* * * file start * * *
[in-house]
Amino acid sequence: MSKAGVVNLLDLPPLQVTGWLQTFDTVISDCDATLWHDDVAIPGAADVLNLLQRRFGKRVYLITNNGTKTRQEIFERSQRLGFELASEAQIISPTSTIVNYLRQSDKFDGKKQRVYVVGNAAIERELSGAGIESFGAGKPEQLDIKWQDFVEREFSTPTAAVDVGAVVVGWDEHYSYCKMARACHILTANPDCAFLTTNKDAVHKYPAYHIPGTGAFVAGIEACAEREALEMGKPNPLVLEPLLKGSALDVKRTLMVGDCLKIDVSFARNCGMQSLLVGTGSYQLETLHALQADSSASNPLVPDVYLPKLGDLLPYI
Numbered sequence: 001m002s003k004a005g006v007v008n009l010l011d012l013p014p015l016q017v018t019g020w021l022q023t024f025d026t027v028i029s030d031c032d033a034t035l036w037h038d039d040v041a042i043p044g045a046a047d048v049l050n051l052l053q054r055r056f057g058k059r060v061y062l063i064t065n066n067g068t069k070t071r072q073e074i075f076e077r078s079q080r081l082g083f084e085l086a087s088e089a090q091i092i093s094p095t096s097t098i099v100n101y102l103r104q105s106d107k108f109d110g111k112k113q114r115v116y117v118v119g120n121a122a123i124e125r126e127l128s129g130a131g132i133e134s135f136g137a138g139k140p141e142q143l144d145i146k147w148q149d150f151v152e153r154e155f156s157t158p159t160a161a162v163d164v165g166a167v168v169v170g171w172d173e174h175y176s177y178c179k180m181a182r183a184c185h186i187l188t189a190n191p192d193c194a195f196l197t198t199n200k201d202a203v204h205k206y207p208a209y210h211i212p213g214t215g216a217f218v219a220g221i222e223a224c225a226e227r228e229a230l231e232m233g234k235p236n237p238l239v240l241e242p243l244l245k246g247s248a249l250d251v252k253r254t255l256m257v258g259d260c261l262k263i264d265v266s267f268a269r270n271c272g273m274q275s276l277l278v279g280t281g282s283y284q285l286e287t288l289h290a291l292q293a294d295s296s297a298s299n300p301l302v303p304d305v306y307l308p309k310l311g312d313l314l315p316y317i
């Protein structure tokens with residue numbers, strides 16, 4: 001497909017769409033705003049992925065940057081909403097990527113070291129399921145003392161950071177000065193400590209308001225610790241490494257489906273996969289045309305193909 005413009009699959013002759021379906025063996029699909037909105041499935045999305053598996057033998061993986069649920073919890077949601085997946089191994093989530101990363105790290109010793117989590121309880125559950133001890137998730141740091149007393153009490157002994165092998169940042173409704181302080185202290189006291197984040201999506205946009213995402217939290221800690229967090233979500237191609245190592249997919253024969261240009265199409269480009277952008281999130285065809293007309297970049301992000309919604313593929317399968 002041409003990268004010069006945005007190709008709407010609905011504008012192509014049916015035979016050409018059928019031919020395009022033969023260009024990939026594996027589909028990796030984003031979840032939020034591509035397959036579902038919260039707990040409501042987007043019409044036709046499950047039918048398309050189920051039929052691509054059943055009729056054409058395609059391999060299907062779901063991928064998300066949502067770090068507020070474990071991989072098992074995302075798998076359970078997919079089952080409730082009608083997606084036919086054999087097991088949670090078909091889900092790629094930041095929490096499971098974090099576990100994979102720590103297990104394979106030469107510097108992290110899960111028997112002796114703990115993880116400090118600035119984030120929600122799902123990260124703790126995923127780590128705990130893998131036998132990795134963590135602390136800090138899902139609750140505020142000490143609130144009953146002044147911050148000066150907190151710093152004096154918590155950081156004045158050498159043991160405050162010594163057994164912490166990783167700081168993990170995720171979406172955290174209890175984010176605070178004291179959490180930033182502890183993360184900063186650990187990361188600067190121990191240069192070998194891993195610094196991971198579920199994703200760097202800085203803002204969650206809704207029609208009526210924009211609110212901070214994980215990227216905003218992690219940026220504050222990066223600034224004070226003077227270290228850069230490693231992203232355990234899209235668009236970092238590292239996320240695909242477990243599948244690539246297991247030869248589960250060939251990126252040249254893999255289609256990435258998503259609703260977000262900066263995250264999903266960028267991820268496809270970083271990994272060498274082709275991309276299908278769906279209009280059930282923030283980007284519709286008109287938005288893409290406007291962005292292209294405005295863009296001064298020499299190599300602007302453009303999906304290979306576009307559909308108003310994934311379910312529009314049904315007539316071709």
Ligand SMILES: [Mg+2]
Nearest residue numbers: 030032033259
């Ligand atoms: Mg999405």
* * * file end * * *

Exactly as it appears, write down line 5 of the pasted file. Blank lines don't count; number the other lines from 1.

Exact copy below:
Ligand SMILES: [Mg+2]